news:p[email protected]...
    > Longtime clincher user and curious about tubular(sew-up) tires. Are they worth the extra effort?
    > What if you flat on a ride, can you replace the tire or do you need to call for a ride home? Is
    > there any sort of information/website available to answer alot of these questions?
     
  7. Stefan,

    forget it. They are a pain in the ass.

    I changed when Michelin Hilites came out and that's about 1986 or so.
     
  8. Jeff Martin

    Jeff Martin Guest

    I have both clinchers and tubulars. I use my clinchers early season when the roads in Wisconsin are
    full of sand and junk but switch to my tubulars around late April or so after we have had some good
    rain storm and the street sweepers have been out. I've bin riding tubulars for over 30 years and
    have never had a tire "creep" on the rim. You guys must not glue the correctly. I like the ride and
    feel of tubulars enough to deal with having the gluing and other minor hassles. That said I have a
    pair of Veloflex Paves waiting to go on and they may change my mind. I would love to try a pair of
    Dughast tubulars, anyone know when to get a pair? I don't race anymore just like to ride hard and
    feel fast............. "Stefan Pavlik" <[email protected]> wrote in message
    news:p[email protected]...
    > Longtime clincher user and curious about tubular(sew-up) tires. Are they worth the extra effort?
    > What if you flat on a ride, can you replace the tire or do you need to call for a ride home? Is
    > there any sort of information/website available to answer alot of these questions?
     
  9. On Sun, 30 Mar 2003 09:42:55 -0500, Stefan Pavlik wrote:

    > Longtime clincher user and curious about tubular(sew-up) tires. Are they worth the extra effort?

    No.

    > What if you flat on a ride, can you replace the tire or do you need to call for a ride home?

    You can replace the tire if you have a spare with you. So, you call home at the (n+1)st flat,
    where n is the number of spares you carry. Then you get to spend about 1/2 hour per flat patching
    and sewing.

    There are those who wax nostalgic when contemplating tubular tires, the ride, the feel, the
    legendary durability. But good clinchers have the same ride/feel (try avocets, really), and the
    durability is really a thing of legend more than reality. Also, most tubulars now cannot compare to
    those we remember from the good old days.

    --

    David L. Johnson

    __o | The trouble with the rat race is that even if you win you're _`\(,_ | still a rat. --Lilly
    Tomlin (_)/ (_) |
     
  10. A Muzi

    A Muzi Guest

    "Stefan Pavlik" <[email protected]> wrote in message
    news:p[email protected]...
    > Longtime clincher user and curious about tubular(sew-up) tires. Are they worth the extra effort?
    > What if you flat on a ride, can you replace the tire or do you need to call for a ride home? Is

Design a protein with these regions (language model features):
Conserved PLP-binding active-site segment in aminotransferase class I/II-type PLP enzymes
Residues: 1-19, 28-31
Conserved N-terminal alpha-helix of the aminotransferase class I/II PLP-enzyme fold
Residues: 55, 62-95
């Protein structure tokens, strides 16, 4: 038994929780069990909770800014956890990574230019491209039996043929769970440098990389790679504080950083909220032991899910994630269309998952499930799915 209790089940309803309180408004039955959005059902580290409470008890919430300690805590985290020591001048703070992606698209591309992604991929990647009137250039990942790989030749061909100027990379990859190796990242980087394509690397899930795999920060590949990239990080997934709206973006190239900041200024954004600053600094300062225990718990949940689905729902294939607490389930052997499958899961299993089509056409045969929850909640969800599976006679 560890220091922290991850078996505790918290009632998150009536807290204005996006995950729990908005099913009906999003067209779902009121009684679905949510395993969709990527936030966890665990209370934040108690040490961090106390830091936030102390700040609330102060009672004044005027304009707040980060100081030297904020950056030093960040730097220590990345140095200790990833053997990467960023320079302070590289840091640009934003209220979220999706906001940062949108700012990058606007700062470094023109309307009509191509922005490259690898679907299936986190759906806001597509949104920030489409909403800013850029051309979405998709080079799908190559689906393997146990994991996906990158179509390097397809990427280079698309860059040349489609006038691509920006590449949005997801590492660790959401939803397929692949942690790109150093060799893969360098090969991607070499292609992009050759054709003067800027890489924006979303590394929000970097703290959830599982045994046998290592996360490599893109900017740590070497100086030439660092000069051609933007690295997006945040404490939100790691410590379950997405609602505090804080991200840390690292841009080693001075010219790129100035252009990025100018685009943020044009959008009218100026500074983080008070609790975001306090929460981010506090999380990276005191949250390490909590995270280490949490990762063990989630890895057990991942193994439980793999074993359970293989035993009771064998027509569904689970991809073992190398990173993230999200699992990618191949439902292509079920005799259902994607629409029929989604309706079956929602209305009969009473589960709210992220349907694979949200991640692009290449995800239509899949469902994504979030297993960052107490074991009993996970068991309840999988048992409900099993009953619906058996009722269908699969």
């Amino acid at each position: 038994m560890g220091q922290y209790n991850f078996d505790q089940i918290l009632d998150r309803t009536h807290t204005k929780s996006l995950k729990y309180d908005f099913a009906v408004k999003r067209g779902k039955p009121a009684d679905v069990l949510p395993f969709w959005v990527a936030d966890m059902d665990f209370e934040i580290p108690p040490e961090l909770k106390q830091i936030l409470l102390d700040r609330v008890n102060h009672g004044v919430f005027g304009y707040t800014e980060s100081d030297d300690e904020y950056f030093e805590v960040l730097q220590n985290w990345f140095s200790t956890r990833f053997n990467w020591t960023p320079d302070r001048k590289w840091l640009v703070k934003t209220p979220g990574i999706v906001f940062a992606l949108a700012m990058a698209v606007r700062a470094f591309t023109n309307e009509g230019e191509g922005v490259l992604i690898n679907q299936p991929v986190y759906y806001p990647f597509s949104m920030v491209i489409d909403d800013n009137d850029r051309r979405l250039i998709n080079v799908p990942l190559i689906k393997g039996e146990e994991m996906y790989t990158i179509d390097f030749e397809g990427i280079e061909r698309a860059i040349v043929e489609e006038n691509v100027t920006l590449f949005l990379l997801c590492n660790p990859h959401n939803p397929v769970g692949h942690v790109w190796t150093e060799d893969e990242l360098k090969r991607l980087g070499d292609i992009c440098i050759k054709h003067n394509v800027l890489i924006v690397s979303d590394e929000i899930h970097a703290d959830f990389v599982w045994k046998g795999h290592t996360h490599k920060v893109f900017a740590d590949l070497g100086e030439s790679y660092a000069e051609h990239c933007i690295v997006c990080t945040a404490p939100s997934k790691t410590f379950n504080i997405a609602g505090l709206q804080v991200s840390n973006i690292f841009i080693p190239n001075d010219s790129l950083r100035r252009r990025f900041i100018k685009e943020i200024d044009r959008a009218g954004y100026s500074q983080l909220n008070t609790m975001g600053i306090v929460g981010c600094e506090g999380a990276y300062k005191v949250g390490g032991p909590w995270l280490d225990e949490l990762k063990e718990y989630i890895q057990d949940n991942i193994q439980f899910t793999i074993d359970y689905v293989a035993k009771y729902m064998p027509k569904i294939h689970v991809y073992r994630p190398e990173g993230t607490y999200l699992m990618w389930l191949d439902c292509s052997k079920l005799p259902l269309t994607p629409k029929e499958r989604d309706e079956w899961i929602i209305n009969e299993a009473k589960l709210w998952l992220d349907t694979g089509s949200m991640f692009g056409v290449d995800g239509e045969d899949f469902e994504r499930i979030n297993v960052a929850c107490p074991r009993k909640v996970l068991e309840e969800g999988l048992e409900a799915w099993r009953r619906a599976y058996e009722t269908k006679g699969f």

> there any sort of information/website available to answer alot of these questions?

    There will be merciless criticism I'm sure, but many of us still ride tubs and prefer them for
    various reasons. Ideally, one pulls off the punctured tubular and stretches another over the
    still-tacky rim cement, saving the repair for another time. That process is quick and easy, repair
    less so, compared to inner tube type (wire-ons, clinchers, demountables, semantically varied) tires.

    Regarding repair, http://www.yellowjersey.org/tubfix.html

    Famously, tubulars have higher rolling resistance than some types of clinchers in some types of
    testing so you cannot say they are "better" but there is a difference in "road feel" that either
    matters or not to you. I am not going to proselytize here but I ride 'em and they work just fine.

    Overall weight of tub rim/tires is much lower at every comparable level, which isn't a big deal but
    it is true. Pricing varies wildly but neither is certainly superior in that regard. There just isn't
    a categorical "best" IMHO.
    --
    Andrew Muzi http://www.yellowjersey.org Open every day since 1 April 1971
     
  11. Mark Janeba

    Mark Janeba Guest

    David L. Johnson wrote:
    >>Longtime clincher user and curious about tubular(sew-up) tires. Are they worth the extra effort?
    > No.

    Agreed. I have used both, with several seasons on sewups.

    >> What if you flat on a ride, can you replace the tire or do you need to call for a ride home?
    > You can replace the tire if you have a spare with you. So, you call home at the (n+1)st flat,
    > where n is the number of spares you carry.

    Years ago I rode twice with a fellow student riding sewups, for whom "n" was zero. I warned him this
    was a bad idea. I must have had clinchers on that particular bike. On both rides he flatted at the
    farthest point from home. On the first ride, I had brought a spare sewup of my own, "just in case."
    The second time, I made a phone call for him when I got home (this was before cell phones).